Anna Duensing is a PhD candidate in the joint program in History and African American Studies at Yale University. Her dissertation explores antifascist thought and action in the 20th century Black freedom struggle, Black radical theories of racial fascism in the United States, and the role of the U.S. far right within opposition and massive resistance to the Civil Rights and Black Power Movements. Duensing’s broader research, writing, and teaching interests include U.S. immigration history, public history, Holocaust memory, histories of xenophobia and antisemitism, the global far right, and the American Conservative Movement. Her work has been supported by the Mandel Center for Advanced Holocaust Studies at the U.S. Holocaust Memorial Museum and the Yale Program for the Study of Antisemitism.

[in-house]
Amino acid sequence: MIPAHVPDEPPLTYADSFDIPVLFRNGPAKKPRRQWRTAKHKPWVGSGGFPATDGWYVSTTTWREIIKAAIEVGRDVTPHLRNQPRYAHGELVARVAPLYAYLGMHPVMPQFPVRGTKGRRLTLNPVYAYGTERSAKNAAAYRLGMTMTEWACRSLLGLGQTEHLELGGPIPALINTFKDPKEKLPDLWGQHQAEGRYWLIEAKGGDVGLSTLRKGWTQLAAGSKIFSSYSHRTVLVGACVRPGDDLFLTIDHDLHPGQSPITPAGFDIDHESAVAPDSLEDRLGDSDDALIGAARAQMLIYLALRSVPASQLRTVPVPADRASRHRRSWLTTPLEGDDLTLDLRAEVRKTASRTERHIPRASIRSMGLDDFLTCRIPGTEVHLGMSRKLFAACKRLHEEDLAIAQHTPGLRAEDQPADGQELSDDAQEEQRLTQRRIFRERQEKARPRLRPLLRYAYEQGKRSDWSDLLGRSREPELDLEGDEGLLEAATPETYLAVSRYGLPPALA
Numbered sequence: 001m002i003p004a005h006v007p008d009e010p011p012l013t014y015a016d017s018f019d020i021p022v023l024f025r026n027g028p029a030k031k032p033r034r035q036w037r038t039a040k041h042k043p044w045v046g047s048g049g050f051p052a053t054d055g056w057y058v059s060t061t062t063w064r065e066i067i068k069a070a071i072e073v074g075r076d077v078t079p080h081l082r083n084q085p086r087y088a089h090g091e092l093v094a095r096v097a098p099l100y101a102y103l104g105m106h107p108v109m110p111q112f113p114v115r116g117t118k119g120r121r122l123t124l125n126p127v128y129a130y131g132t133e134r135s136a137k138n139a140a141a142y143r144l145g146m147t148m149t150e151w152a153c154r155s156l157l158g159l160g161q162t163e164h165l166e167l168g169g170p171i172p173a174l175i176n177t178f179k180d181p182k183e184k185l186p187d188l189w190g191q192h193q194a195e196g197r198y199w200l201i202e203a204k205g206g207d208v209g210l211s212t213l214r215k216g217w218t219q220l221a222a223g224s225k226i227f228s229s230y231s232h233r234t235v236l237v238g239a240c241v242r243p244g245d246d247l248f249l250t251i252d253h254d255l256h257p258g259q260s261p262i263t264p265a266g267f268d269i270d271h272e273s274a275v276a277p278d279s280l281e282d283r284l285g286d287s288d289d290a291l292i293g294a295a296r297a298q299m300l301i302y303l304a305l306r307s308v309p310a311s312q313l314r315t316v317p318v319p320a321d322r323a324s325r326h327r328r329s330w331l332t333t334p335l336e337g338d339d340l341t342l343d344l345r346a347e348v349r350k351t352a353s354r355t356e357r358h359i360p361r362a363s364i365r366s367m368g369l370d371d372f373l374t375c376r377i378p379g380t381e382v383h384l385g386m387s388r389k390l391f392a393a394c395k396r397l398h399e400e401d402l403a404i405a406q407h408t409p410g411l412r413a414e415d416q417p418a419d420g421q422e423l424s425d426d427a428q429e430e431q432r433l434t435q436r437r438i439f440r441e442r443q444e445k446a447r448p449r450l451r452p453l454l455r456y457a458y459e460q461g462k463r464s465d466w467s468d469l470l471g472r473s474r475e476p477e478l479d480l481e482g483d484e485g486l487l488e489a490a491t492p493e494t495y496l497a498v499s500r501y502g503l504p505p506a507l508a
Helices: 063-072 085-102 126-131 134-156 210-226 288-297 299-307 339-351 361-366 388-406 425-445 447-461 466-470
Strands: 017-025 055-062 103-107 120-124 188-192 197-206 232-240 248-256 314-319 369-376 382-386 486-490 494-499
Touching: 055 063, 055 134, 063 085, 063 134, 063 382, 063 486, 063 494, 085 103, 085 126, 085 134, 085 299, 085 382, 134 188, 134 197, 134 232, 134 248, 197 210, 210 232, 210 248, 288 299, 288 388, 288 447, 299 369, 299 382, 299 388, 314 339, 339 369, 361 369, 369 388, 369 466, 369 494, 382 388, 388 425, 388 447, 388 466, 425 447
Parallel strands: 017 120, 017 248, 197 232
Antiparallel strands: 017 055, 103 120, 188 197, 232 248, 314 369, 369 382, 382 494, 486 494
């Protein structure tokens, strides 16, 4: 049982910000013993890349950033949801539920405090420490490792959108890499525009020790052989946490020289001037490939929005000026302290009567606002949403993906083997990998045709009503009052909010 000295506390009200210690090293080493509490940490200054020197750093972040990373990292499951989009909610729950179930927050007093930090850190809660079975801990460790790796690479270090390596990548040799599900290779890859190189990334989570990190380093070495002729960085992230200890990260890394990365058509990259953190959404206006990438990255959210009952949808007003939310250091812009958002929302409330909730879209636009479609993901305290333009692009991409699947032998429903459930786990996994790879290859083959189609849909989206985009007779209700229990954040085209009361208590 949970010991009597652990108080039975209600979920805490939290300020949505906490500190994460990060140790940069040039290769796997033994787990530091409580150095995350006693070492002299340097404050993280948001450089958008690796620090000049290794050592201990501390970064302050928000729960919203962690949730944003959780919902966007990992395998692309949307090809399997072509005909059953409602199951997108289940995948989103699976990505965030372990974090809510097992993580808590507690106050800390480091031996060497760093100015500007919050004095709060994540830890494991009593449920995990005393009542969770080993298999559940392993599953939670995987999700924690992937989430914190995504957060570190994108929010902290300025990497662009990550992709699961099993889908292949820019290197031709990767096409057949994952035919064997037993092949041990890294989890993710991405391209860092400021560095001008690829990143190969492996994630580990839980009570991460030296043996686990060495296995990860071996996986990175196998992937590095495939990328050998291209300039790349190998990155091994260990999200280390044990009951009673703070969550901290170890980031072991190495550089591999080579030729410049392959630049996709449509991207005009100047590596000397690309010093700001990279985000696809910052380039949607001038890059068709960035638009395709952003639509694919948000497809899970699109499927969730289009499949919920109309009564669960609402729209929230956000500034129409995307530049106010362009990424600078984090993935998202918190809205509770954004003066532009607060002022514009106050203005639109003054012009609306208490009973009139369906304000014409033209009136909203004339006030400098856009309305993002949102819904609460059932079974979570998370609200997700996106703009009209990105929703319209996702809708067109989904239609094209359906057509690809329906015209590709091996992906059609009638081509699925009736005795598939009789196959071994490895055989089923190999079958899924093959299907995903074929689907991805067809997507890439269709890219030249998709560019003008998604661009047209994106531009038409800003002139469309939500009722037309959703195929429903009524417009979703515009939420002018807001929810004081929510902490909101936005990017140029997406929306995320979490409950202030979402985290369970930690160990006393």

Duensing graduated summa cum laude with a B.A. concentration in History and Public Humanities from the Gallatin School of Individualized Study at New York University. She has worked for a number of museums and cultural institutions, including WNYU-FM, the National September 11 Museum, the Solomon R. Guggenheim Museum, the Henry Street Settlement, the German-American Institute Heidelberg, and the Lower East Side Tenement Museum.
Specialist Research Areas: United States, Germany, Fascism, Neo-Nazism, the Ku Klux Klan